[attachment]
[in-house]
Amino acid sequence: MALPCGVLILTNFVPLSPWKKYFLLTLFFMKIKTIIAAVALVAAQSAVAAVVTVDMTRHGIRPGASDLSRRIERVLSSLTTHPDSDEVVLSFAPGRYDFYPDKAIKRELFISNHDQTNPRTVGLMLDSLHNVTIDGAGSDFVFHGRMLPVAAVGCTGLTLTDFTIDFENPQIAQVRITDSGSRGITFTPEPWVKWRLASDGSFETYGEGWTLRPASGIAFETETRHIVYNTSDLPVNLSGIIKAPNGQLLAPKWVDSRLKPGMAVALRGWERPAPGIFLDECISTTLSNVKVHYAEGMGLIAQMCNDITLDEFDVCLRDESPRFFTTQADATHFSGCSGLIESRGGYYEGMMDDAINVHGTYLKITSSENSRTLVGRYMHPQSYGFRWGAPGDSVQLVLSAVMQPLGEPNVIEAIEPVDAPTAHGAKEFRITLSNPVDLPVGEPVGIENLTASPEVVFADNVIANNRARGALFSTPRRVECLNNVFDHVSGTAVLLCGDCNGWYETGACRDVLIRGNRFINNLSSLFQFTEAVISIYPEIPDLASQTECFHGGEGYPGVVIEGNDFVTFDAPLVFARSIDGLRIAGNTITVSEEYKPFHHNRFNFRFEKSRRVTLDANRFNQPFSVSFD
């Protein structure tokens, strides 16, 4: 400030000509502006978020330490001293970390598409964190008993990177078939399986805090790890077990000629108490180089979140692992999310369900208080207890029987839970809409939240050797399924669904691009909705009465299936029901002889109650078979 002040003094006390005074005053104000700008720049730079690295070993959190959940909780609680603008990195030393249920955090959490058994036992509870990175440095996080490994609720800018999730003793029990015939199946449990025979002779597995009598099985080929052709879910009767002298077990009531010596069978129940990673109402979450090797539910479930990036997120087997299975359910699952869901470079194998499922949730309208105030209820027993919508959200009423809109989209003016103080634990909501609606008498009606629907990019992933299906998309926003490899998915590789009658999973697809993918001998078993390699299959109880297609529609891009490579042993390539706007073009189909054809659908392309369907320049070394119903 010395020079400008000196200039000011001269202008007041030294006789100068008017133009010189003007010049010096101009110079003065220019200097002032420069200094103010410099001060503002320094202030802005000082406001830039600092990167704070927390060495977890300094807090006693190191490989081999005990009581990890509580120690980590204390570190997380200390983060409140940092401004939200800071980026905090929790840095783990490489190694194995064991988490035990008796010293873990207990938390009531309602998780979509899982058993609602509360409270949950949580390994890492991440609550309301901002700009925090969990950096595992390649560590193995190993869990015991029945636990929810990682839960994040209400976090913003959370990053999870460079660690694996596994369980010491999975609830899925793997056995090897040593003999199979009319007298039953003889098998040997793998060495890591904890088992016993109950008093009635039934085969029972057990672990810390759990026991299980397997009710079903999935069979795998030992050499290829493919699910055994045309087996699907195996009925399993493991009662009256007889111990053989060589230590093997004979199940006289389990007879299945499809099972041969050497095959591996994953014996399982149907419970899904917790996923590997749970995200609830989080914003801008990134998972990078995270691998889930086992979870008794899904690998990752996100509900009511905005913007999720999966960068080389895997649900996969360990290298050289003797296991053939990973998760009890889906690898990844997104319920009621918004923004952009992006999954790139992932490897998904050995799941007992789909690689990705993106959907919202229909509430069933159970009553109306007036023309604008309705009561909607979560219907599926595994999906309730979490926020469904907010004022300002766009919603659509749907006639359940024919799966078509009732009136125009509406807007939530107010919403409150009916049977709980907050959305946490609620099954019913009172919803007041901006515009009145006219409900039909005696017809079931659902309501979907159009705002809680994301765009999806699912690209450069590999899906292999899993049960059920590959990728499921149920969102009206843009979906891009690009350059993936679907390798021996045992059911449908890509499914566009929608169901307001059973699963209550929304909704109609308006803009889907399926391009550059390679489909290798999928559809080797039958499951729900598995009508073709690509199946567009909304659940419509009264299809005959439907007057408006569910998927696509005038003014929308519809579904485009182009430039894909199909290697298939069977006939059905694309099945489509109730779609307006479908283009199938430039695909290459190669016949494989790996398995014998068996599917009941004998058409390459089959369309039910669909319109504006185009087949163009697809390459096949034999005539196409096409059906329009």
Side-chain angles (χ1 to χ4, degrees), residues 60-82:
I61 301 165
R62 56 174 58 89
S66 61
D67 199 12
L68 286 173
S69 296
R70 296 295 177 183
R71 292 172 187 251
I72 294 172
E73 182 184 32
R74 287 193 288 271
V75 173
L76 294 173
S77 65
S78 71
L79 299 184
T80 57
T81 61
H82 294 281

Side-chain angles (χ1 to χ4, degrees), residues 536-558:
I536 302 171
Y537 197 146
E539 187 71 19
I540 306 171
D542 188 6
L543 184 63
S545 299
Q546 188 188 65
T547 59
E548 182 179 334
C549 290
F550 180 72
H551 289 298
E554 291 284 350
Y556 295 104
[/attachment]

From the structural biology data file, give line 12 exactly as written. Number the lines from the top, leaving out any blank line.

R71 292 172 187 251